How GDP Affects Interest Rates: Posts A New Video Explaining The Three Biggest Indicators That Have An Affect On Interest Rates

SAN DIEGO, July 20, 2013 /PRNewswire-iReach/ -- is a borrower advice website that provides detailed insights into the mortgage industry in a fun and entertaining way. The team at is devoted to help empower both first time and experienced homeowners with valuable resources, first-class knowledge and connections to top-rated industry professionals and has the mission of helping consumers and borrowers to obtain the latest information on mortgage lending trends, the real estate market and the U.S. financial landscape in order to help them obtain a home loan that they will love. A recently posted video from can help borrowers to understand how GDP affects interest rates so that they will be able to make the best decision when it comes to locking in their loan rate.

The host of the Loan Love video explains: "If you have been watching any financial news at all you've probably noticed interest rates climbing like crazy lately and you're probably wondering – will interest rates keep going up or will they go down?

The short answer and most probably scenario is – Yes, rates will keep going up and here's why:

Three of the biggest indicators that affect interest rates are the GDP, (or Gross Domestic Product), CPI (Consumer Price Index) and Payroll Employment. Without getting too technical (just to understand the big picture) I'll save you the headache of learning macroeconomics. The big picture is this: All of this alphabet soup – GDP, CPI and PE (or Payroll Employment) – are indicators of how well our economy is doing. All three of these indicators are tied to inflation and when the Federal Reserve expects inflation they raise interest rates. When our economy is stagnant they lower interest rates."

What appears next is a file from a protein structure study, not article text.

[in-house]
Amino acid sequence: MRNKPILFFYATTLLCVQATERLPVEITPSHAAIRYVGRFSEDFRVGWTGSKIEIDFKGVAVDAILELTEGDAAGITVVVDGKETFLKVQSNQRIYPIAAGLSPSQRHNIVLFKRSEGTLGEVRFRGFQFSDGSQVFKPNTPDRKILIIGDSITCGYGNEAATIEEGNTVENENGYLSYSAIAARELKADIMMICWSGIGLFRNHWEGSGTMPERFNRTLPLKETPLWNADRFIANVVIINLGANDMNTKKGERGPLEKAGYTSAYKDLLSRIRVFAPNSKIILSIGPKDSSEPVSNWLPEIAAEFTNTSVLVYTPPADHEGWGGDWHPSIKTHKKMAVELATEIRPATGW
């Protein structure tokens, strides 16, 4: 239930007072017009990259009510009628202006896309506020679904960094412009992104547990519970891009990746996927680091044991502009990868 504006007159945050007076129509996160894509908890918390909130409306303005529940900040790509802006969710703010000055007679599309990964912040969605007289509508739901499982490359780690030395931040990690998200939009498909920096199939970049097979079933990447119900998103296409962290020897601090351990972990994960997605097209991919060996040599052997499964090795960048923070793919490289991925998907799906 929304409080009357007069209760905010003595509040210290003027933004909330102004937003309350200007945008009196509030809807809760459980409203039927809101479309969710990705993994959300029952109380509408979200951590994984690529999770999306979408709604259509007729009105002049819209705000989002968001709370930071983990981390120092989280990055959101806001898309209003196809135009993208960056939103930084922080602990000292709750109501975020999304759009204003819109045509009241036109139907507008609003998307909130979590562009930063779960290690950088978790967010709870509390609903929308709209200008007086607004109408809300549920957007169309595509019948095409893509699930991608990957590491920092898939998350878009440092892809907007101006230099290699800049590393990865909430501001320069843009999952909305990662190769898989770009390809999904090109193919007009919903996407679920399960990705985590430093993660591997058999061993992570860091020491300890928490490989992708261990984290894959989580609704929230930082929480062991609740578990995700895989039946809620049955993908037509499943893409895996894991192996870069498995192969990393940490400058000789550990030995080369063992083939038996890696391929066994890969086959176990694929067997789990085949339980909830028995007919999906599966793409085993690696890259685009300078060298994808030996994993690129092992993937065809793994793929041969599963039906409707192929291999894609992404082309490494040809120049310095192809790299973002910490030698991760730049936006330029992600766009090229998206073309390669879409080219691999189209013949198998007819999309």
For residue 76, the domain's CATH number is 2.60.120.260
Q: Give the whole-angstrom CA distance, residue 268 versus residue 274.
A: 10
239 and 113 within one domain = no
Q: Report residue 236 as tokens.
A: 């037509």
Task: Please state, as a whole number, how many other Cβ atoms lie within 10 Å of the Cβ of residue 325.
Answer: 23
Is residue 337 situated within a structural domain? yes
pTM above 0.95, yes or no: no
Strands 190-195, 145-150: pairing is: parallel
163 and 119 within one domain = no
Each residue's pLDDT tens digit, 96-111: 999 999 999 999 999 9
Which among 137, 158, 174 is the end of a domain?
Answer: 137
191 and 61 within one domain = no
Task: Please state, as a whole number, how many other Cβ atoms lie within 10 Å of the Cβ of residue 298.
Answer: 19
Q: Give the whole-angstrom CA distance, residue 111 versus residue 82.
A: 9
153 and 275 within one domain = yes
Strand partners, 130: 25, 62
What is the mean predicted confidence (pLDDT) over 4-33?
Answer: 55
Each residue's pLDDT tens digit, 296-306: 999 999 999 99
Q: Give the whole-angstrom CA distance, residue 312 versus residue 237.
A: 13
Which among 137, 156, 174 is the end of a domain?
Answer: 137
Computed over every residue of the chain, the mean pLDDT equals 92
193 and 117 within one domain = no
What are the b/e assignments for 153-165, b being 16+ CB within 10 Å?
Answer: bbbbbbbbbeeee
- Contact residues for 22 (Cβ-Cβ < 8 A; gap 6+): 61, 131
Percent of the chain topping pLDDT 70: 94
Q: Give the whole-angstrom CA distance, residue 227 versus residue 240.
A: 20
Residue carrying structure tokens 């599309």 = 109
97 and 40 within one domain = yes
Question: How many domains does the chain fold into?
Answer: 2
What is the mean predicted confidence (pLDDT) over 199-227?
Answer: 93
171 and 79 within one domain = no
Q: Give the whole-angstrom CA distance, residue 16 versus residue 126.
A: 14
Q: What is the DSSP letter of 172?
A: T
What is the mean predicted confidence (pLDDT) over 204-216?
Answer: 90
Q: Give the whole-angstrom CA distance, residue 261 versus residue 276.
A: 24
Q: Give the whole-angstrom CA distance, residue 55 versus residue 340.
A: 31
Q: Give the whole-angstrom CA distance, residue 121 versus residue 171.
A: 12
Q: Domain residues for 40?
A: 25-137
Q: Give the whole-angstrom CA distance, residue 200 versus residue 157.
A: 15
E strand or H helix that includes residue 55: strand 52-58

What makes these three indicators so consistent is the fact that they are coincident indicators. This means that they respond quickly to shifts in the economy. This is in contrast to the unemployment rate which lags behind the economy; shifts in unemployment do not have an immediate impact on the economy and their effect on inflation is delayed. By paying attention to these indicators, smart borrowers will be able to see when their best opportunity to lock in a rate would be. The driving factors that move interest rates up or down are not too hard to keep track of, so this information can be useful to both first time borrowers and seasoned homeowners.

The video ends by saying: "So, what does all this mean?  Well, if you're interested in buying or refinancing a home, time is of the essence. All signs indicate interest rates will keep going up as the U.S. economy strengthens and threats of inflation increase. In other words, delaying your purchase or refinance can easily cost you thousands of dollars over the life of your loan. Lock in your interest rate today and you'll be glad that you did."

For more information on these three solid predictors of whether interest rates will rise or fall, or for more great advice for home buyers and owners, please visit

Media Contact: Kevin Blue, Blue Loan Services, 949-292-8401,

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